import Data.Either
let spaceoffset = getOffset <* space1 :: Parsec Void String Int
parseTest (return . rights =<< sepCap spaceoffset) " a  b  "
[0,2,5]

Pattern match balanced parentheses

Find the outer parentheses of all balanced nested parentheses. Here’s an example of matching a pattern that can’t be expressed by a regular expression. We can express the pattern with a recursive parser.

let parens :: Parsec Void String ()
    parens = do
        char '('
        manyTill
            (void (noneOf "()") <|> void parens)
            (char ')')
        return ()

parseTest (findAll parens) "(()) (()())"
[Right "(())",Left " ",Right "(()())"]

Edit text strings by running parsers with streamEdit

The following examples show how to search for a pattern in a string of text and then edit the string of text to substitute in some replacement text for the matched patterns.

Pattern match and replace with a constant

Replace all carriage-return-newline instances with newline.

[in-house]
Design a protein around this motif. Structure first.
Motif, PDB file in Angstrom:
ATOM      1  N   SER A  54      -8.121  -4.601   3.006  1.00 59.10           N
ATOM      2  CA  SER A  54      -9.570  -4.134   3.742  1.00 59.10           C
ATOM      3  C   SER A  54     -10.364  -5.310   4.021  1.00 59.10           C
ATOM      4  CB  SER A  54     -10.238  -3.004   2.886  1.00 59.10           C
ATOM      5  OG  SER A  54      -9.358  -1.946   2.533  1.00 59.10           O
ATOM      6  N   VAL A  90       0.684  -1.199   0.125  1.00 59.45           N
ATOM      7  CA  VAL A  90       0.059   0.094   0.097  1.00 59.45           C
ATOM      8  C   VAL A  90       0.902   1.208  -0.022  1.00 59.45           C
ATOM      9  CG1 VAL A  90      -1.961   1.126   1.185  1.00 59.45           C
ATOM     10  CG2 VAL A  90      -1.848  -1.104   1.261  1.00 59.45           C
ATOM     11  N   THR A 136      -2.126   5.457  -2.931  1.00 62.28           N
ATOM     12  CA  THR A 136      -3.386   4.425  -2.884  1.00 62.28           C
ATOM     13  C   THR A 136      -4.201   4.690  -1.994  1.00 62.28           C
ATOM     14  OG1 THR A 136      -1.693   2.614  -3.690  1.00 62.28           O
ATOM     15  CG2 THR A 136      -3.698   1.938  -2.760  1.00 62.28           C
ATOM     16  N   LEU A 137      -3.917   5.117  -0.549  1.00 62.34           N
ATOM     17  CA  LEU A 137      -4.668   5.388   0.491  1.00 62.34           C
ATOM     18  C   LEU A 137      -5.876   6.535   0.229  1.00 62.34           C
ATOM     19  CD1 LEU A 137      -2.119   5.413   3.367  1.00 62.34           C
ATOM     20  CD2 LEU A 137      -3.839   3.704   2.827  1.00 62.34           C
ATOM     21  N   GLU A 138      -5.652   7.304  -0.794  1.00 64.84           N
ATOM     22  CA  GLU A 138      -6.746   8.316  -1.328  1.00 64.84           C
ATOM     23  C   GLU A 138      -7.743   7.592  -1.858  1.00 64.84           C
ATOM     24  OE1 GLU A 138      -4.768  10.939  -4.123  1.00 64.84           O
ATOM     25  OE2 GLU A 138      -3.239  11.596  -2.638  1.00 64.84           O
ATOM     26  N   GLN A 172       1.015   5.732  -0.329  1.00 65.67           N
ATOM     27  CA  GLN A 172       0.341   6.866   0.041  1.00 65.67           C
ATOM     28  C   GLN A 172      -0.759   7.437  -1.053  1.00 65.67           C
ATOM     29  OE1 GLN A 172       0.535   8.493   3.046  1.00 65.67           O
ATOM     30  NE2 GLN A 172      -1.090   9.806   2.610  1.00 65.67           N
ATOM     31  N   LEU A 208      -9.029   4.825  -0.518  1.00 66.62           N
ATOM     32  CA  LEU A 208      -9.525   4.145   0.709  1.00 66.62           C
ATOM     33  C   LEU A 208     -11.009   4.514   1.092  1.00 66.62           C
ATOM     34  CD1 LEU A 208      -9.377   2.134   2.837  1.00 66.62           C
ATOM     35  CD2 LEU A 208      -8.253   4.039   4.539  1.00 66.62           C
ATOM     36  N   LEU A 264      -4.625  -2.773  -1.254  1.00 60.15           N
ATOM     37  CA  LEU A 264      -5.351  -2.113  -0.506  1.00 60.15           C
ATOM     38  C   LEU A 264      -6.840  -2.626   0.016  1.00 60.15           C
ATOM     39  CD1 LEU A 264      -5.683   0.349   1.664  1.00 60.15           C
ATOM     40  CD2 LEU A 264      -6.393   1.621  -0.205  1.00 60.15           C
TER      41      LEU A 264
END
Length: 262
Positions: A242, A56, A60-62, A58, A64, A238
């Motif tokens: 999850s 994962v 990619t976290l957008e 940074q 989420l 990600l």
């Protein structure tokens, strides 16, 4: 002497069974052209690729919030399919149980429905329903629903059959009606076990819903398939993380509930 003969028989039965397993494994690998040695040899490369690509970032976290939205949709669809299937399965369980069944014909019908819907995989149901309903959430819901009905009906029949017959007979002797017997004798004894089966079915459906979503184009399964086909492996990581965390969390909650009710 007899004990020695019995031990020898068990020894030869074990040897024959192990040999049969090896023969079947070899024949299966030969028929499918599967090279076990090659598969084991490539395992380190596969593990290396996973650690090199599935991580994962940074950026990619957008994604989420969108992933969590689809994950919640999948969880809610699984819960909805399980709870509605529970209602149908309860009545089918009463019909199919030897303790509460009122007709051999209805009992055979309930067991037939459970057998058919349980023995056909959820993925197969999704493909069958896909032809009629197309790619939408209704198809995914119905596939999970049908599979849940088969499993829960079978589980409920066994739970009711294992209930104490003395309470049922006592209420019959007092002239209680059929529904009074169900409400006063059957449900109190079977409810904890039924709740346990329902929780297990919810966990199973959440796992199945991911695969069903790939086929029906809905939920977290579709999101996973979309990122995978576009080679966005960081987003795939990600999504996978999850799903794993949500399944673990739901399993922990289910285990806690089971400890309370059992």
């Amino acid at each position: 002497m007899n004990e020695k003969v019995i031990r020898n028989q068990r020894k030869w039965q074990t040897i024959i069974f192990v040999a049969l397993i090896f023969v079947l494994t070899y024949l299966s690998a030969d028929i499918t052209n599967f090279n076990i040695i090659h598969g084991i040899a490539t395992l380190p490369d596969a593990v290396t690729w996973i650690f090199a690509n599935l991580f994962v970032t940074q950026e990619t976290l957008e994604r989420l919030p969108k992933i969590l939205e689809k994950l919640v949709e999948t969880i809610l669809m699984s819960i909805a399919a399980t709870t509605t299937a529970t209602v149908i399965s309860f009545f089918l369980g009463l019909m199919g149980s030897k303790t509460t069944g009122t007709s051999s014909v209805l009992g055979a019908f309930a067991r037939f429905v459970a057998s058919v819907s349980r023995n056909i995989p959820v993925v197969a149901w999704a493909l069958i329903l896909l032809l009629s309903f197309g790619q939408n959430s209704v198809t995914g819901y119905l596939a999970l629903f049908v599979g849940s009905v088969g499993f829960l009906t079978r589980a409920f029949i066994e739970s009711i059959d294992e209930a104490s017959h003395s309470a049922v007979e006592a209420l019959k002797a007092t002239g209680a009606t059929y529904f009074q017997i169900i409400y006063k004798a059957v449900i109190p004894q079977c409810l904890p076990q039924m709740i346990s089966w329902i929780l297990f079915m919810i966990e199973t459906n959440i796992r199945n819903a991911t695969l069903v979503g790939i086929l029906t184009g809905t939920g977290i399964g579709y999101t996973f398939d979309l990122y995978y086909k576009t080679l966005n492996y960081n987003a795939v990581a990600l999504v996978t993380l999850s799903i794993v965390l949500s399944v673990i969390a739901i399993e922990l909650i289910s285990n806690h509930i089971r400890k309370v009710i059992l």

streamEdit (chunk "\r\n") (const "\n") "1\r\n2\r\n"
"1\n2\n"

Pattern match and edit the matches

Replace alphabetic characters with the next character in the alphabet.

streamEdit (some letterChar) (fmap succ) "HAL 9000"
"IBM 9000"

Pattern match and maybe edit the matches, or maybe leave them alone

Find all of the string sections s which can be parsed as a hexadecimal number r, and if r≤16, then replace s with a decimal number. Uses the match combinator.

let hexparser = chunk "0x" >> hexadecimal :: Parsec Void String Integer
streamEdit (match hexparser) (\(s,r) -> if r <= 16 then show r else s) "0xA 000 0xFFFF"
"10 000 0xFFFF"

Pattern match and edit the matches with IO

import System.Environment
streamEditT (char '{' *> manyTill anySingle (char '}')) getEnv "- {HOME} -"
"- /home/jbrock -"

Context-sensitive pattern match and edit the matches

Capitalize the third letter in a string. The capthird parser searches for individual letters, and it needs to remember how many times it has run so that it can match successfully only on the third time that it finds a letter. To enable the parser to remember how many times it has run, we’ll compose the parser with a State monad from the mtl package. (Run in ghci with cabal v2-repl -b mtl).

import qualified Control.Monad.State.Strict as MTL